Looking For Anything Specific?

G Herbo - 25




A quarter-century is a milestone worth celebrating in any timeline, but for beloved Chicago MC G Herbo, age 25 hits different. “Where I come from, that's a big milestone for everybody,” he tells Apple Music. “A lot of my closest friends and family members didn't really see 25 years old. So it's bittersweet for me because I'm here: I'm at a point in my life where I reached my most success. And beating the system in a way where I'm not a statistic, I'm not in prison or my life wasn't cut short due to gun violence. We literally call n***as OGs when they turn 25 years old. So I want my music to reflect that, to reflect my headspace and the mode that I'm in.” 25 follows 2020’s PTSD, a project that stamped him as one of Chicago’s most impactful MCs and also one of the most revered voices in hip-hop. With 25, Herbo continues to build his legacy, reflecting on art and life in a way he hopes will draw him closer to some of his biggest inspirations. “I just feel like I got in this to go down as somebody that's legendary,” Herbo says. “One of the artists that will be remembered for generations to come, like a Nas, like a JAY-Z, like a Kiss, like DMX, like a Wayne, Fab—those are the people who I looked up to. I work hard enough to feel like I'm a star, but I feel like my ceiling is so much higher and I got so much further to go.” Below, the esteem-focused MC breaks down five tracks from 25 that show his range. “I Don’t Wanna Die” “I'm a hip-hop artist, so my intro always got to feel like the hardest, one of the songs with the most substance of the whole project. And 'I Don't Wanna Die', for me, is how I explain the album in a whole, just becoming 25 years old and just beating the streets. It's about me reflecting on the gun violence and the killing in my city—not only from my perspective, but from a mother's perspective, from a child's perspective. It's one of those records where I'm just going all the way in, there's no hook on it, I'm just letting all my feelings and emotions come out.” “Cry No More” (feat. Polo G & Lil Tjay) \"Polo and TJ, they my dogs, both of them my boys. And they was just really speaking on the trauma and the stuff that we endure every day, and not wanting to feel that way no more. [From] being in the streets, or this industry, or dealing with life in general—I feel like a lot of people can relate to it, because it's been a lot of change dealing with the pandemic and a lot of the stuff that's going on. A lot of the trauma that I endured was from street violence, but we just talking about life in general on that song.” “T.O.P.” (feat. 21 Savage) “A lot of these records, the energy that you feel is because I'm actually connecting with these people. I'm connecting with the producers, I'm connecting with my peers, we all together in the studio when we getting all this stuff done. For 'T.O.P.' I was having fun in the studio with Hitmaka. It’s a record where I was letting my hair down in a sense. I always speak about my story and being in the streets, or what I deal with on a day-to-day basis, but I still have fun with my music, too.” “You Can’t” (feat. The Kid LAROI & Gunna) “I was in the studio with Turbo and we was just vibing. We recorded a bunch of songs, and that was actually the last song that we did before we left. He just played the beat, and the shit was so hard, I'm like, I'm about to just lay it right now. I didn't even really have no direction. I just got on the beat and started rapping. And that's why I come in first before the hook. And then LAROI, that's my little brother. He pulled up on me in the studio, and I just played that record like, 'Man, put a hook on this for me.' I feel like it's one of those 'indexing records' that's going to be on a bunch of playlists that I probably usually wouldn't be on.” “Demands” “‘Demands’ is one of those records where I feel like it's going to cause a little controversy. I always wanted to be known as a conscious rapper since I started. I came out doing music in the drill era, and I never really wanted to be known as that kind of artist. I’m talking about bringing change and shedding light on the situation by saying, 'Hey, this is what I feel we need to do to make a difference, and to put ourselves in a better position.' I’m not pointing the finger at anyone. I’m holding us accountable as a people as well.”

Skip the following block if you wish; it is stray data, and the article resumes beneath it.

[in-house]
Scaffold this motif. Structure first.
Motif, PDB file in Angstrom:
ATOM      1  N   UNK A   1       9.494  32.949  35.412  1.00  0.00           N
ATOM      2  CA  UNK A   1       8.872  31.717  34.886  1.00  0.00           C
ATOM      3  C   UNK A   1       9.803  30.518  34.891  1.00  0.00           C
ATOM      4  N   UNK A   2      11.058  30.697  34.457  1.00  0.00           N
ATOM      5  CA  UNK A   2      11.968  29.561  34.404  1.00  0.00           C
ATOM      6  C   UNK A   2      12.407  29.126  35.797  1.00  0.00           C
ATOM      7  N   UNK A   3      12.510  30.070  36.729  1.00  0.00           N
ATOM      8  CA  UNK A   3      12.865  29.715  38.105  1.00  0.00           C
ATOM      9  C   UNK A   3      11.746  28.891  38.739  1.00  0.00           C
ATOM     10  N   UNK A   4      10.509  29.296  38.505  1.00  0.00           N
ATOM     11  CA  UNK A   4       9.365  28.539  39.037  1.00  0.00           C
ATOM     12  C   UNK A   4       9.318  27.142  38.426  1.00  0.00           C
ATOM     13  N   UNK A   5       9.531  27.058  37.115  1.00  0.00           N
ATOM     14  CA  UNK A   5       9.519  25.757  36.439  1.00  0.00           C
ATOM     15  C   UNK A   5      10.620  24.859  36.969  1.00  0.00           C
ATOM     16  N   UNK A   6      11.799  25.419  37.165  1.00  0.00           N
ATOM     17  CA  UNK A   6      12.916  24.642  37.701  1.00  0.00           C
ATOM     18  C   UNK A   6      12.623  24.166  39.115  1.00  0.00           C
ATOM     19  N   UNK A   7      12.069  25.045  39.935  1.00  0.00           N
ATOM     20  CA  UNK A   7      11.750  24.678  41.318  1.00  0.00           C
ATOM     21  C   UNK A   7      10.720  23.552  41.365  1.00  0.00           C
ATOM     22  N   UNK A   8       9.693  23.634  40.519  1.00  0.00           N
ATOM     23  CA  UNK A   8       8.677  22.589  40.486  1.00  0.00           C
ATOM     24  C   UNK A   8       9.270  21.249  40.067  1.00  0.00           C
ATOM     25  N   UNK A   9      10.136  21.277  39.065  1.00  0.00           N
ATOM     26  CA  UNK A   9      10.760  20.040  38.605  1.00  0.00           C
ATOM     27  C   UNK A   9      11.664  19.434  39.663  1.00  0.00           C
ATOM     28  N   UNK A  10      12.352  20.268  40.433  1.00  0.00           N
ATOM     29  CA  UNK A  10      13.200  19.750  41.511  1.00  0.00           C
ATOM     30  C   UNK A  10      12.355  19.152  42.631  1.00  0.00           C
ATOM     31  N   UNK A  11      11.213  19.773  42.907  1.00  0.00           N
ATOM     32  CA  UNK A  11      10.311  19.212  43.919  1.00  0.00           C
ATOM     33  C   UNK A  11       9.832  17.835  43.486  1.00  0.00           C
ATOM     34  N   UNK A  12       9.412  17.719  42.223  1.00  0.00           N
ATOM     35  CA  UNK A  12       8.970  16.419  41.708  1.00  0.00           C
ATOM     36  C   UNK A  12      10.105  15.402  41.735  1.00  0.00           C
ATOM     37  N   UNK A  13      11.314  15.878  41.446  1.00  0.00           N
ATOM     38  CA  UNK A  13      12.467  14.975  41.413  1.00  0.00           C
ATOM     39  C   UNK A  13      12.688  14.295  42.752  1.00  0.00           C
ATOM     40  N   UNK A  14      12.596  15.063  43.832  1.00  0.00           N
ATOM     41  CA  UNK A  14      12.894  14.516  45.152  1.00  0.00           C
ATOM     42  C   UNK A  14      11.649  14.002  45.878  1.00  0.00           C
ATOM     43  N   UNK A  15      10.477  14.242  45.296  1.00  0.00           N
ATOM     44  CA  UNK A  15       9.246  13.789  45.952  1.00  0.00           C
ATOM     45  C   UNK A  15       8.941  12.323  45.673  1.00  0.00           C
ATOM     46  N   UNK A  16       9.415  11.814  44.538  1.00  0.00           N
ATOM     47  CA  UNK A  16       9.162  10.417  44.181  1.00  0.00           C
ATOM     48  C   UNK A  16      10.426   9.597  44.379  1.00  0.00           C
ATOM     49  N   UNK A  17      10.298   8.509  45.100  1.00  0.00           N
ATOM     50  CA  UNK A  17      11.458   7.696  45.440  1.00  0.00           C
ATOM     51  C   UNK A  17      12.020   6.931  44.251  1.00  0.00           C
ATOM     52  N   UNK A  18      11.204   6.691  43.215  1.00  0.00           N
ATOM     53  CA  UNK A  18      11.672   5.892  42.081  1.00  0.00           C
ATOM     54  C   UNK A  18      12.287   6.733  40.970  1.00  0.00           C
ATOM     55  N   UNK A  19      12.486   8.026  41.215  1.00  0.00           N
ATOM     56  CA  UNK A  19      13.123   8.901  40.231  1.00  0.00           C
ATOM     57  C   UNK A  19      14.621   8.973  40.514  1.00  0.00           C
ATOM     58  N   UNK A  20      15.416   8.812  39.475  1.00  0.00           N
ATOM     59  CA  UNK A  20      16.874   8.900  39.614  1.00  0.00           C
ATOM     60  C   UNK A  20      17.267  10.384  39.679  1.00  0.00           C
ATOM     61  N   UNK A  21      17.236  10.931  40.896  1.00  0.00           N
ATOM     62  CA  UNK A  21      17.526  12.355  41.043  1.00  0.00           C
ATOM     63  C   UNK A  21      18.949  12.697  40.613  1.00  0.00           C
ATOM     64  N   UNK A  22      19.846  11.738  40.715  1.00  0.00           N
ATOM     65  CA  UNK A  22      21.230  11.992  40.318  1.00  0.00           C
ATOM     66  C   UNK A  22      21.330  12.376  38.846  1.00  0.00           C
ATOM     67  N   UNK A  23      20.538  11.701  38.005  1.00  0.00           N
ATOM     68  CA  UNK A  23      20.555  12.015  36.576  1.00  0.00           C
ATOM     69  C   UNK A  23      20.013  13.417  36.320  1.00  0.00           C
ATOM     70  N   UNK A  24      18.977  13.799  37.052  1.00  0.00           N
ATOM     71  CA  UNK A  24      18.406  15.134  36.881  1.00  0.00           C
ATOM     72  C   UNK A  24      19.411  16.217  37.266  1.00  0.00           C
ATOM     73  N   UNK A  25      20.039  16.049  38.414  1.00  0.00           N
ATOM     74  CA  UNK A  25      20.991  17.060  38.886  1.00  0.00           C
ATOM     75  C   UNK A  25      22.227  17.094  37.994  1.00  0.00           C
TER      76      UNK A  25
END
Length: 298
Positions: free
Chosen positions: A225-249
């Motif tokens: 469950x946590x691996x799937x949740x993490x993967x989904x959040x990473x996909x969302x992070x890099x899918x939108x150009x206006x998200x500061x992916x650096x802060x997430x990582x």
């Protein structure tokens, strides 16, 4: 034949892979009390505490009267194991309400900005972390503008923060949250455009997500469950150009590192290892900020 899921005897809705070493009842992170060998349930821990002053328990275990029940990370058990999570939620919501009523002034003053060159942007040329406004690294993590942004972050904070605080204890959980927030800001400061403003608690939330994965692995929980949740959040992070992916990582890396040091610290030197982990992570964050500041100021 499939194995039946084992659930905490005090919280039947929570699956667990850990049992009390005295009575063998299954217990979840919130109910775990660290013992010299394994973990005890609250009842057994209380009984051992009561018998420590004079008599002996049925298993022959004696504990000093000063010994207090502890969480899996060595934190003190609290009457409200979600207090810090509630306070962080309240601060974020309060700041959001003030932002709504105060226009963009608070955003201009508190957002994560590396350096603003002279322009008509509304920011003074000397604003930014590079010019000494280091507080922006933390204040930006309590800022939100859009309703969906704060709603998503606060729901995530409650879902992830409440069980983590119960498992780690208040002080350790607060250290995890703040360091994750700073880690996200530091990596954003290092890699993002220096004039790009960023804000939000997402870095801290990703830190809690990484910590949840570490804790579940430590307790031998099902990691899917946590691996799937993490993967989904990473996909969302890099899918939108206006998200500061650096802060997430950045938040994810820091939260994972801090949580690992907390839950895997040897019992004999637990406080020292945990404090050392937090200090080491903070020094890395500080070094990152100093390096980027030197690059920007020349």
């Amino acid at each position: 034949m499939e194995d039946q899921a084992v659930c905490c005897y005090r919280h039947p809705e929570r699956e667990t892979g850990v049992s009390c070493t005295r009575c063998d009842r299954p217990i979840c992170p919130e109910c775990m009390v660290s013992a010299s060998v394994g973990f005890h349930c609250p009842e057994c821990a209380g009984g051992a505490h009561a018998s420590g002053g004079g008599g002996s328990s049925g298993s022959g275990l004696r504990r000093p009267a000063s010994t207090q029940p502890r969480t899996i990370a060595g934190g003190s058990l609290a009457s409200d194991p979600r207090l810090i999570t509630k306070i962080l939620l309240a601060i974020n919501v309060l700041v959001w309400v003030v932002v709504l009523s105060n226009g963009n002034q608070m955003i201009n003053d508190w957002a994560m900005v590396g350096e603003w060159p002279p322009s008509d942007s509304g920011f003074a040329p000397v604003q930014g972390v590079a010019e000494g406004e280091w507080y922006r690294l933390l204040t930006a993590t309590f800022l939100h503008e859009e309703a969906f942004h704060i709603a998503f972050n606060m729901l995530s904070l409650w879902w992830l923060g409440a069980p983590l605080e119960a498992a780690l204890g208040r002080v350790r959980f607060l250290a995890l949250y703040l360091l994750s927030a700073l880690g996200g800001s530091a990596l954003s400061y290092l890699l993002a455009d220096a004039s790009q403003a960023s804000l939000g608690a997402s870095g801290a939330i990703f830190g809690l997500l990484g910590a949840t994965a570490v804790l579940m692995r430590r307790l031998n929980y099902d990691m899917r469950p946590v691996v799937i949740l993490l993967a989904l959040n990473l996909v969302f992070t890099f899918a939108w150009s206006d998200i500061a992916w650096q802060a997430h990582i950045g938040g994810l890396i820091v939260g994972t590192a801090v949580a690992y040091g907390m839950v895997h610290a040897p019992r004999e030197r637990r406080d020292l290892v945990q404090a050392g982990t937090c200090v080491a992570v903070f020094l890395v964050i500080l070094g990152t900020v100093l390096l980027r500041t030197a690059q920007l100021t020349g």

Post a Comment

0 Comments